Inbee Park doubled her lead to 6 strokes on the opening hole Sunday and ran away with the Kraft Nabisco Championship in Rancho Mirage, Calif., for her second major title.
The 24-year-old South Korean player made a 20-foot birdie putt on the par-4 first, while playing partner Lizette Salas had a double bogey for a 3-stroke swing.
“That made my day much easier, that’s for sure,” Park said. “I holed a long one on the first hole. A birdie start is always a good thing. That gave me a lot of confidence.”
The 2008 U.S. Women’s Open winner at Interlachen, Park closed with a 3-under 69 at Mission Hills to finish at 15 under, 4 strokes ahead of fellow South Korean player So Yeon Ryu.
“It had been a while since I won a major,” Park said. “It feels very special. This week, I played very solid. Today and all week, I played very good.”
Park celebrated the victory with the traditional leap into Poppie’s Pond, and jumped from fourth to second in the world with her fifth LPGA Tour title and ninth worldwide win. South Korean players have won three straight majors and Asians have won eight in a row.
Park has four victories in her last 16 events. She won the LPGA Thailand in February in her season debut when Ariya Jutanugarn closed with a triple bogey to blow a 2-stroke lead.
“I’ve played five tournaments on the LPGA Tour and I’ve won two of them, which is a very good start,” Park said.
Last year, Park won twice, had six runner-up finishes and topped the money list. She won the Evian Masters in July in France, tied for third in her next start, added three straight second-place finishes and capped the six-event run with a victory in October in the LPGA Malaysia.
“I’ve seen Inbee do this before,” top-ranked Stacy Lewis said. “I played with her at Evian last year when she had I think 22 or 23 putts in the final round. When she rolls it, you can’t beat her. She’s the best putter on tour.”
The 22-year-old Ryu, playing five groups ahead of Park, shot a bogey-free 65 — the best round of the week. Ryu is close friends with Park and they played a practice round together before the tournament.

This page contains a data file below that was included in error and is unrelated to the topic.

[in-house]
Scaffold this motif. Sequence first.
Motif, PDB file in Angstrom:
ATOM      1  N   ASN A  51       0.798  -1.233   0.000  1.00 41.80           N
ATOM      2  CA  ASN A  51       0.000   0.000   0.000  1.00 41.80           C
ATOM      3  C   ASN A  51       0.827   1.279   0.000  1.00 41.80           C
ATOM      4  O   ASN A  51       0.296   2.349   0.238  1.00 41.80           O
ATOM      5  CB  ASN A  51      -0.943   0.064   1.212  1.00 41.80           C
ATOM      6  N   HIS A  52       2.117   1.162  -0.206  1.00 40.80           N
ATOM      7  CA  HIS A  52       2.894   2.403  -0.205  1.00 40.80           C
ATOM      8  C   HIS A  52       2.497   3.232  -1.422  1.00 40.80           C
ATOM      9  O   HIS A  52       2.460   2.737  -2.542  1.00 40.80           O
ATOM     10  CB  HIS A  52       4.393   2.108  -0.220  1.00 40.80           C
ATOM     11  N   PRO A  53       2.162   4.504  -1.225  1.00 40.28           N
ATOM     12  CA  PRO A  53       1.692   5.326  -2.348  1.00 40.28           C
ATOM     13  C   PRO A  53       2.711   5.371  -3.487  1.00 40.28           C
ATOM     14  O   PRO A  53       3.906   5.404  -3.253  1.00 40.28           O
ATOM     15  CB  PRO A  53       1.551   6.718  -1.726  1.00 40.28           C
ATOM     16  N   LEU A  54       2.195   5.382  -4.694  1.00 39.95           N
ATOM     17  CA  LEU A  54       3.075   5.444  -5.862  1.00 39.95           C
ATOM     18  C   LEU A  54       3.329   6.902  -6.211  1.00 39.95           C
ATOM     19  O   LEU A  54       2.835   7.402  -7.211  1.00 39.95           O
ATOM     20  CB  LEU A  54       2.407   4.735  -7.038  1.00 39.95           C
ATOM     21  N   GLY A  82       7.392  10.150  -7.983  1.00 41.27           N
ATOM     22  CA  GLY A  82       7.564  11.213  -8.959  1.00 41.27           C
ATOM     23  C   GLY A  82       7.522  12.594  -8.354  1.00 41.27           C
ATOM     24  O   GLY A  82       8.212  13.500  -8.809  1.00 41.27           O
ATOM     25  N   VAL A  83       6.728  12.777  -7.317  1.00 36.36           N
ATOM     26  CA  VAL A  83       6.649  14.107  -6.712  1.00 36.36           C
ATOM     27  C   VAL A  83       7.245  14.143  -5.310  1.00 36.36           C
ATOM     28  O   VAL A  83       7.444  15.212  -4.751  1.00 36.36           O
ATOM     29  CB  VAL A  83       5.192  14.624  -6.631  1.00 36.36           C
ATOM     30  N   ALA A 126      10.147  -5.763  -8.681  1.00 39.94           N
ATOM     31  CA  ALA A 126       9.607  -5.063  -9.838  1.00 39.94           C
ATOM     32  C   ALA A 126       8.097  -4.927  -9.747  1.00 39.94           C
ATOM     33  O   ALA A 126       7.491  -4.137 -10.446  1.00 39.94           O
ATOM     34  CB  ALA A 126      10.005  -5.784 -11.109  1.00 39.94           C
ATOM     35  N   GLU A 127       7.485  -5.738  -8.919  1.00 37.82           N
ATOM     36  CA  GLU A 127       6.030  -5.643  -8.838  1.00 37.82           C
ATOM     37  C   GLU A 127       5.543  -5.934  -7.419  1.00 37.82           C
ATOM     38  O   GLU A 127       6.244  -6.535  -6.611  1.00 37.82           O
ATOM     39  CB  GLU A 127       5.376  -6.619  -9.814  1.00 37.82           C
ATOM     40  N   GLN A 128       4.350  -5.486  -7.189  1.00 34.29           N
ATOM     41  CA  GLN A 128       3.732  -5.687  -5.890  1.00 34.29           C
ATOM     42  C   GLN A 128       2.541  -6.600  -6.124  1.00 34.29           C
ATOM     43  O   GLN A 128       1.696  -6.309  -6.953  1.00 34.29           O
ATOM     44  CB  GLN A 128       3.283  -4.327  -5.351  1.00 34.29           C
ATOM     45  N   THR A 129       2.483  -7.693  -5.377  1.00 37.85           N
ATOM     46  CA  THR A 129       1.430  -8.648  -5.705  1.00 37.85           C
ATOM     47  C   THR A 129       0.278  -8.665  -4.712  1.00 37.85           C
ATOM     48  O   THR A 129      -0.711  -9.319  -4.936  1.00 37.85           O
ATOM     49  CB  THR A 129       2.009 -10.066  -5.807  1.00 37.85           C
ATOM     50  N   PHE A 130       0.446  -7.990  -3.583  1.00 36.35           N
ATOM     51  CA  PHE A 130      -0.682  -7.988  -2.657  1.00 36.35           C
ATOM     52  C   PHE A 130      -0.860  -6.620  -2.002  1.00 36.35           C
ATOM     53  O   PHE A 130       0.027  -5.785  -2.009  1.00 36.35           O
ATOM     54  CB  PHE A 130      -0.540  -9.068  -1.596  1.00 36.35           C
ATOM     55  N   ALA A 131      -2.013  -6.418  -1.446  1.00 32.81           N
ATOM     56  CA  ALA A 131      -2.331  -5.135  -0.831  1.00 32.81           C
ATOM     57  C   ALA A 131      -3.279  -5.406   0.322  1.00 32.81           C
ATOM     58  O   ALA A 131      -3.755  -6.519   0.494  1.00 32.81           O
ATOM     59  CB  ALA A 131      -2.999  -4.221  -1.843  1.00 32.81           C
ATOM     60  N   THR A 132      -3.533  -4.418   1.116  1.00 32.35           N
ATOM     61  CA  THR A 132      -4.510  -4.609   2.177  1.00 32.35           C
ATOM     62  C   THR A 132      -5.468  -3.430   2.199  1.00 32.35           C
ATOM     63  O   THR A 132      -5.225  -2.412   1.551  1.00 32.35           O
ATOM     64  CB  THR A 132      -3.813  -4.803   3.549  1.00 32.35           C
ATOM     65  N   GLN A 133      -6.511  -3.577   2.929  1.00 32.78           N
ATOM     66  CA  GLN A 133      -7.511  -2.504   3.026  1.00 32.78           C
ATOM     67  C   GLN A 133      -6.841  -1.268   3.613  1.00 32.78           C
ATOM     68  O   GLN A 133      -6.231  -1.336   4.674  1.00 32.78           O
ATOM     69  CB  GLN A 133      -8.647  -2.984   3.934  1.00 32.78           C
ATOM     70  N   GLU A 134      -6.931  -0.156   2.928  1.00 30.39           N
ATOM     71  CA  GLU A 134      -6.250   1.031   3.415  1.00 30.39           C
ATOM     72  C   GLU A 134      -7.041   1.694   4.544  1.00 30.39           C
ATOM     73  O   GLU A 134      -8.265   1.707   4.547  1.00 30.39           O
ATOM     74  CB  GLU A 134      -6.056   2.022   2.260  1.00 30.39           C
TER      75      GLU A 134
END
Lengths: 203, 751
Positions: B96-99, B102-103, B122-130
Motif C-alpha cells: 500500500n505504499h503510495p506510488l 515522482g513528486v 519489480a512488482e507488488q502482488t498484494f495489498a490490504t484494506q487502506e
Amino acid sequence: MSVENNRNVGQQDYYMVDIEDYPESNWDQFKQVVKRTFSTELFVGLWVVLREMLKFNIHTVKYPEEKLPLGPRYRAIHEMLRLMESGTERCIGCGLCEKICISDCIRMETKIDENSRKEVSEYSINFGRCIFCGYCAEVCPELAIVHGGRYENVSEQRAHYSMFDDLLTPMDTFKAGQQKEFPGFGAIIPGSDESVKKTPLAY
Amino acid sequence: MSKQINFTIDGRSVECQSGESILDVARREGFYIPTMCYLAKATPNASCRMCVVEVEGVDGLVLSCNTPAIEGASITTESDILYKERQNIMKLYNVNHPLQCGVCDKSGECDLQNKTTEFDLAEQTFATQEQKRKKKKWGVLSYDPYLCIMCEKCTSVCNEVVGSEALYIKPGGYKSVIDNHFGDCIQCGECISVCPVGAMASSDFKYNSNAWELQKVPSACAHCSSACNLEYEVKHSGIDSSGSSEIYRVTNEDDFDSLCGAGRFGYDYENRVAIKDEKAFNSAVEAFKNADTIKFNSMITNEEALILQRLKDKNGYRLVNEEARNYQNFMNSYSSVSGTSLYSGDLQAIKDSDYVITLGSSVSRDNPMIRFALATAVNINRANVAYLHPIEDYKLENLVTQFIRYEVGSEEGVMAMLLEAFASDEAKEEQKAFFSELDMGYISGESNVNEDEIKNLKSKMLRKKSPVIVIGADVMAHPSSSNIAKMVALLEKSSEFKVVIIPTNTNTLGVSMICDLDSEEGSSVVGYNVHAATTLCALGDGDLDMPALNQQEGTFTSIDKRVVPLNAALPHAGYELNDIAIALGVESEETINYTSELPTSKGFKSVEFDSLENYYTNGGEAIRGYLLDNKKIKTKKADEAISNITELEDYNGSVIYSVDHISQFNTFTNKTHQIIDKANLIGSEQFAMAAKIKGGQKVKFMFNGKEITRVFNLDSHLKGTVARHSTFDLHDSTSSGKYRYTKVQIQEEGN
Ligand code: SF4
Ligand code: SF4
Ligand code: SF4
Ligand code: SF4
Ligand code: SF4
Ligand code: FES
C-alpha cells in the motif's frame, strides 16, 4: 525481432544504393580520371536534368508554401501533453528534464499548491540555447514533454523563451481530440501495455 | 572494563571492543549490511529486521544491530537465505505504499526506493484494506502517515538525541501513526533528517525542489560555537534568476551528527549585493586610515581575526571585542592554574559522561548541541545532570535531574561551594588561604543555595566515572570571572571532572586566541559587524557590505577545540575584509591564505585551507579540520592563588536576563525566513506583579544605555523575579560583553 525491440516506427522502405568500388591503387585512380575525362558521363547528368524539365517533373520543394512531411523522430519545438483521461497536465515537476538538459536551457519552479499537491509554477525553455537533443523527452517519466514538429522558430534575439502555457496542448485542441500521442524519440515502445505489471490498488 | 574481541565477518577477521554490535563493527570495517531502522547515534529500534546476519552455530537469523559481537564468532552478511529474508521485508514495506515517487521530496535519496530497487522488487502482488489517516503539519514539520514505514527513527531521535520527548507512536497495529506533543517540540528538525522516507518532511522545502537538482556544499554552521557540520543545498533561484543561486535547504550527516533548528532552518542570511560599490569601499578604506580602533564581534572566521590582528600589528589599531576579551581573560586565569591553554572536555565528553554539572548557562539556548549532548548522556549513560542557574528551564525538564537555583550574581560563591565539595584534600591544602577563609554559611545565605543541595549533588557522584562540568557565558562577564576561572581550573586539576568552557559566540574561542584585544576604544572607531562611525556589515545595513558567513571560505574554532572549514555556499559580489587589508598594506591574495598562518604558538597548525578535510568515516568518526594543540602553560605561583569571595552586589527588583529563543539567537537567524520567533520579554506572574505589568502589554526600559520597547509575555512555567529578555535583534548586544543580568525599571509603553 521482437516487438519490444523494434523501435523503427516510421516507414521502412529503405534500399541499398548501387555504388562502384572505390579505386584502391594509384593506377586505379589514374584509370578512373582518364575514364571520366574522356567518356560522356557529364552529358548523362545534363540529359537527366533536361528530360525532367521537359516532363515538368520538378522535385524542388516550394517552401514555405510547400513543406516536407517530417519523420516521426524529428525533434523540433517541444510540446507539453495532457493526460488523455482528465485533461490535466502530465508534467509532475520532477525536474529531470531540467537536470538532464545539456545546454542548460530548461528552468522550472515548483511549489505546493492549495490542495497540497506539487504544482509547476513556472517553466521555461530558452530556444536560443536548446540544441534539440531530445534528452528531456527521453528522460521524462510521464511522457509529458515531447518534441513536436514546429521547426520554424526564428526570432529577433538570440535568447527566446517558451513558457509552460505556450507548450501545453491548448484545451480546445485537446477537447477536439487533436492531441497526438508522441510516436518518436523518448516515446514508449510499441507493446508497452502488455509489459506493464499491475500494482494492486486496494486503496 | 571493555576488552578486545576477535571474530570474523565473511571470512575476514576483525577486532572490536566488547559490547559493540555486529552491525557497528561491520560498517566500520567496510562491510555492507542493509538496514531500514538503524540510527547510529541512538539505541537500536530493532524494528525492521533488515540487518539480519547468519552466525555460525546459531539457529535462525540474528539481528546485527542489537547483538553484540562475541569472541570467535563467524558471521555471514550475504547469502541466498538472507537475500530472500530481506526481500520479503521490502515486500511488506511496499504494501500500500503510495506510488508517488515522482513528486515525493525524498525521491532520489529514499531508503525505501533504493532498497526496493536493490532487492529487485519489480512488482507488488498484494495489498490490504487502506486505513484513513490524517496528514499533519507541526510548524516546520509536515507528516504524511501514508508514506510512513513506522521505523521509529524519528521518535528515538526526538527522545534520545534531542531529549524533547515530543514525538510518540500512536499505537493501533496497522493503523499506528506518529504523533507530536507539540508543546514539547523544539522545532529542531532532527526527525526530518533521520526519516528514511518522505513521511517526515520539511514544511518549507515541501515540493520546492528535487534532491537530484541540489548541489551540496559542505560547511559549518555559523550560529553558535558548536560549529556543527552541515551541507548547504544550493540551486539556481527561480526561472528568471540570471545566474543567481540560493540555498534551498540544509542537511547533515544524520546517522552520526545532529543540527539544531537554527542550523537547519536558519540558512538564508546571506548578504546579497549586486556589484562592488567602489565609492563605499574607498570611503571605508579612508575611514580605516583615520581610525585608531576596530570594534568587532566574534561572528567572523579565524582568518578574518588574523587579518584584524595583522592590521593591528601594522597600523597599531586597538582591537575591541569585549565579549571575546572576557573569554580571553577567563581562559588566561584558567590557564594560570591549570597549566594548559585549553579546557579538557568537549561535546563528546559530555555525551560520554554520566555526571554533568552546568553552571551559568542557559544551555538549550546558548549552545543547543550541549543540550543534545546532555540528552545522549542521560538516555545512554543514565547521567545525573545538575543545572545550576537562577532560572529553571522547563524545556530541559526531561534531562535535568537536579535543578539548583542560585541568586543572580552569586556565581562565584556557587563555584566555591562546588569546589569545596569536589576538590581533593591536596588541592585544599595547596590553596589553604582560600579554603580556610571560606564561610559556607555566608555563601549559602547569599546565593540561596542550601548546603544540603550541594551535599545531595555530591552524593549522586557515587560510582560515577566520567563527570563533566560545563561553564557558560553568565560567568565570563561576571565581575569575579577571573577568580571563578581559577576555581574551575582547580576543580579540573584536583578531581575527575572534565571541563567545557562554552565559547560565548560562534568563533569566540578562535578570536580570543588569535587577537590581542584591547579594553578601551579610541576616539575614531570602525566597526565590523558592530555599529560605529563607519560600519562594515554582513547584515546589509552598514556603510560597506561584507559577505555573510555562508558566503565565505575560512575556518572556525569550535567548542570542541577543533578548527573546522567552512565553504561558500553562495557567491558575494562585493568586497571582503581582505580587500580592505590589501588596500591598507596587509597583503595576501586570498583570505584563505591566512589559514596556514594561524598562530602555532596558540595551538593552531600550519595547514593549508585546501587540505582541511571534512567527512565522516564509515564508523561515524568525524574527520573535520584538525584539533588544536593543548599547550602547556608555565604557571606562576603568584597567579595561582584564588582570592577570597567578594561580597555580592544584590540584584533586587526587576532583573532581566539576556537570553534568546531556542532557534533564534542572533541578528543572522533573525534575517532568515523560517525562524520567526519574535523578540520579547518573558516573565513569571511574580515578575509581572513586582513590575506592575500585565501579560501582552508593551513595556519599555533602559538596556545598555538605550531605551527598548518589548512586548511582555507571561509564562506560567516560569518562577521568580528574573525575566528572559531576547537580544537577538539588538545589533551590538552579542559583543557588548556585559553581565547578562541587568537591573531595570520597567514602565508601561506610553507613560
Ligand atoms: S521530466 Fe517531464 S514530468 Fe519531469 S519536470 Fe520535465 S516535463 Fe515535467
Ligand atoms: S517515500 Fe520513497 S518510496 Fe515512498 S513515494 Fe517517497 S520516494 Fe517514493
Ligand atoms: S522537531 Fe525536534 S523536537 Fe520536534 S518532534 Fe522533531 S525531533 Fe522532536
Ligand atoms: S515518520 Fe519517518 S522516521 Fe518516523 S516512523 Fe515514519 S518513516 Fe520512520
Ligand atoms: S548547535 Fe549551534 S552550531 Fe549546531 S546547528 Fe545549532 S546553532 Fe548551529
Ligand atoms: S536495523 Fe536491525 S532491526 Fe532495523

Norway’s Suzann Pettersen and Sweden’s Caroline Hedwall tied for third at 9 under. Hedwall finished with a 68, and Pettersen shot 69.
Salas, the 23-year-old former University of Southern California player who grew up west of Los Angeles in Azusa, had a 79 to tie for 25th at 2 under.
Martin Laird has spent the last six months on the driving range looking for answers to his struggling game.
The Scottish golfer finally found what he was looking for, and then some on Sunday — winning the Texas Open in San Antonio with a final-round 9-under par 63 to overcome a resurgent Rory McIlroy and some of the world’s best along the way.
Laird, who entered the week 161st on the money list, tied the course record with his bogey-free effort. He punctuated the overall 14-under effort with birdies on the final three holes, earning a trip to next week’s Masters and plenty of confidence in a recent swing change along the way.
The win was Laird’s third on the PGA Tour.
Laird began the day 4 shots behind leader Billy Horschel, but he birdied five of his first eight holes to immediately jump into contention. His 7-foot birdie putt on No. 8 — one of only 22 putts in the round — put him into a tie with Horschel at 10 under.
He then held off a hard-charging McIlroy over the last few holes, including a stunning up-and-down for birdie out of the fairway bunker and off the fringe on No. 17. He capped the win with a 15-foot birdie putt on the par-5 18th.
McIlroy, the world’s No. 2, began the day at 6 under before posting a 66 to finish 2 shots back and finish second — his best finish of the year.
Horschel shot a 1-under 71 to finish in a tie for third with Jim Furyk and Charley Hoffman.